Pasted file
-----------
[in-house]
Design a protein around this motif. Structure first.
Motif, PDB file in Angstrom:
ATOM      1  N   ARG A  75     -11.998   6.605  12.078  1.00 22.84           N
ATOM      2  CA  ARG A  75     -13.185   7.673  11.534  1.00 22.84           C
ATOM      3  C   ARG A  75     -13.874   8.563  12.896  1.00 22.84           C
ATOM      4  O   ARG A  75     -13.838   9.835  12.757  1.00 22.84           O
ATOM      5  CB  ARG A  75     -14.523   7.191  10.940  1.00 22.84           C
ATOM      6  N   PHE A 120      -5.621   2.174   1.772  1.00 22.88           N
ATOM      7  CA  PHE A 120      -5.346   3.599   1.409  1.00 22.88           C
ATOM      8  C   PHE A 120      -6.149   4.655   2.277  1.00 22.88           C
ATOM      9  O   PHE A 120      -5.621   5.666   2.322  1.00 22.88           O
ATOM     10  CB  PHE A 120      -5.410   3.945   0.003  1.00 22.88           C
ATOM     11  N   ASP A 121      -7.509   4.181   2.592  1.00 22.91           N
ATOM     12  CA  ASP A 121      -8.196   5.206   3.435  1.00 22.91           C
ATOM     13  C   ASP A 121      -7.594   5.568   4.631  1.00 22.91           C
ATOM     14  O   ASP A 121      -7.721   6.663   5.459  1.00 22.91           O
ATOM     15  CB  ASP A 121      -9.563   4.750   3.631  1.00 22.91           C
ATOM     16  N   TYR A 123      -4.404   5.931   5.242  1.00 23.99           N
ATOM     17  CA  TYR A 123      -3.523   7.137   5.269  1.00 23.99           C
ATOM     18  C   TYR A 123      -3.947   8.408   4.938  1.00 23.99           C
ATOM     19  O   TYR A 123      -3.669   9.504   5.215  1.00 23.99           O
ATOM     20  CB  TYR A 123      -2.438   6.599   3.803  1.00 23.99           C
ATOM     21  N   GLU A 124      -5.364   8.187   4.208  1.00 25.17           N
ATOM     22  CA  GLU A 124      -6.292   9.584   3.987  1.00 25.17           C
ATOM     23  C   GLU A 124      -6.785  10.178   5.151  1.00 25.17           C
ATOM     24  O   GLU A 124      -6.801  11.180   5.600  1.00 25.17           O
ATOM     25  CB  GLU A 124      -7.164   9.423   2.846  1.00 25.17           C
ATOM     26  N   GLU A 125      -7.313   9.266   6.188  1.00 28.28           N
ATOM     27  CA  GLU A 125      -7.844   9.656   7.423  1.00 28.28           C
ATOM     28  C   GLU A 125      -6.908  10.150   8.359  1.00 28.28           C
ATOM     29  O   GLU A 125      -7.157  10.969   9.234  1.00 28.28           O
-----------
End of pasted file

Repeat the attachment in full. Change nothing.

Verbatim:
[in-house]
Design a protein around this motif. Structure first.
Motif, PDB file in Angstrom:
ATOM      1  N   ARG A  75     -11.998   6.605  12.078  1.00 22.84           N
ATOM      2  CA  ARG A  75     -13.185   7.673  11.534  1.00 22.84           C
ATOM      3  C   ARG A  75     -13.874   8.563  12.896  1.00 22.84           C
ATOM      4  O   ARG A  75     -13.838   9.835  12.757  1.00 22.84           O
ATOM      5  CB  ARG A  75     -14.523   7.191  10.940  1.00 22.84           C
ATOM      6  N   PHE A 120      -5.621   2.174   1.772  1.00 22.88           N
ATOM      7  CA  PHE A 120      -5.346   3.599   1.409  1.00 22.88           C
ATOM      8  C   PHE A 120      -6.149   4.655   2.277  1.00 22.88           C
ATOM      9  O   PHE A 120      -5.621   5.666   2.322  1.00 22.88           O
ATOM     10  CB  PHE A 120      -5.410   3.945   0.003  1.00 22.88           C
ATOM     11  N   ASP A 121      -7.509   4.181   2.592  1.00 22.91           N
ATOM     12  CA  ASP A 121      -8.196   5.206   3.435  1.00 22.91           C
ATOM     13  C   ASP A 121      -7.594   5.568   4.631  1.00 22.91           C
ATOM     14  O   ASP A 121      -7.721   6.663   5.459  1.00 22.91           O
ATOM     15  CB  ASP A 121      -9.563   4.750   3.631  1.00 22.91           C
ATOM     16  N   TYR A 123      -4.404   5.931   5.242  1.00 23.99           N
ATOM     17  CA  TYR A 123      -3.523   7.137   5.269  1.00 23.99           C
ATOM     18  C   TYR A 123      -3.947   8.408   4.938  1.00 23.99           C
ATOM     19  O   TYR A 123      -3.669   9.504   5.215  1.00 23.99           O
ATOM     20  CB  TYR A 123      -2.438   6.599   3.803  1.00 23.99           C
ATOM     21  N   GLU A 124      -5.364   8.187   4.208  1.00 25.17           N
ATOM     22  CA  GLU A 124      -6.292   9.584   3.987  1.00 25.17           C
ATOM     23  C   GLU A 124      -6.785  10.178   5.151  1.00 25.17           C
ATOM     24  O   GLU A 124      -6.801  11.180   5.600  1.00 25.17           O
ATOM     25  CB  GLU A 124      -7.164   9.423   2.846  1.00 25.17           C
ATOM     26  N   GLU A 125      -7.313   9.266   6.188  1.00 28.28           N
ATOM     27  CA  GLU A 125      -7.844   9.656   7.423  1.00 28.28           C
ATOM     28  C   GLU A 125      -6.908  10.150   8.359  1.00 28.28           C
ATOM     29  O   GLU A 125      -7.157  10.969   9.234  1.00 28.28           O